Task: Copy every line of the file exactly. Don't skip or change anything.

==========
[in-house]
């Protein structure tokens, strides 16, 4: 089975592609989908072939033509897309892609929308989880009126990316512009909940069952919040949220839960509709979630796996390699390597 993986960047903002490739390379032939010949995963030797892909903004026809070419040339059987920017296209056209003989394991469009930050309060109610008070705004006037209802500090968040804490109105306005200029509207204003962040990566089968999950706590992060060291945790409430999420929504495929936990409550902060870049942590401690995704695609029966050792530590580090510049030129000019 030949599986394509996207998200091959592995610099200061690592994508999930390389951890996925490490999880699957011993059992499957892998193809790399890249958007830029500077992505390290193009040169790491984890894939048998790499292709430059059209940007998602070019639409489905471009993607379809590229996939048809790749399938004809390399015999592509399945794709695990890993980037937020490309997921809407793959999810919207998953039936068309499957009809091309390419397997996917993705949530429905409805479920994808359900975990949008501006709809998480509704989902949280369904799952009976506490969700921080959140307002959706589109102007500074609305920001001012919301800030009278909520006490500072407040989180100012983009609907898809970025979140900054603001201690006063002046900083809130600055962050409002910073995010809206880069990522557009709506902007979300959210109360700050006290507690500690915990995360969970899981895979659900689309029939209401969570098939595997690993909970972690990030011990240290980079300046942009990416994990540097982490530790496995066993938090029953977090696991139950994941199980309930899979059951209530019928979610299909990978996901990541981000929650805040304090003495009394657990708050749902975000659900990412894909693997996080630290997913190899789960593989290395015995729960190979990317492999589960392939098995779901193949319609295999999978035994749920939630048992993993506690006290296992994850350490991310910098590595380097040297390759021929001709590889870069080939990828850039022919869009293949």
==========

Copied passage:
[in-house]
């Protein structure tokens, strides 16, 4: 089975592609989908072939033509897309892609929308989880009126990316512009909940069952919040949220839960509709979630796996390699390597 993986960047903002490739390379032939010949995963030797892909903004026809070419040339059987920017296209056209003989394991469009930050309060109610008070705004006037209802500090968040804490109105306005200029509207204003962040990566089968999950706590992060060291945790409430999420929504495929936990409550902060870049942590401690995704695609029966050792530590580090510049030129000019 030949599986394509996207998200091959592995610099200061690592994508999930390389951890996925490490999880699957011993059992499957892998193809790399890249958007830029500077992505390290193009040169790491984890894939048998790499292709430059059209940007998602070019639409489905471009993607379809590229996939048809790749399938004809390399015999592509399945794709695990890993980037937020490309997921809407793959999810919207998953039936068309499957009809091309390419397997996917993705949530429905409805479920994808359900975990949008501006709809998480509704989902949280369904799952009976506490969700921080959140307002959706589109102007500074609305920001001012919301800030009278909520006490500072407040989180100012983009609907898809970025979140900054603001201690006063002046900083809130600055962050409002910073995010809206880069990522557009709506902007979300959210109360700050006290507690500690915990995360969970899981895979659900689309029939209401969570098939595997690993909970972690990030011990240290980079300046942009990416994990540097982490530790496995066993938090029953977090696991139950994941199980309930899979059951209530019928979610299909990978996901990541981000929650805040304090003495009394657990708050749902975000659900990412894909693997996080630290997913190899789960593989290395015995729960190979990317492999589960392939098995779901193949319609295999999978035994749920939630048992993993506690006290296992994850350490991310910098590595380097040297390759021929001709590889870069080939990828850039022919869009293949």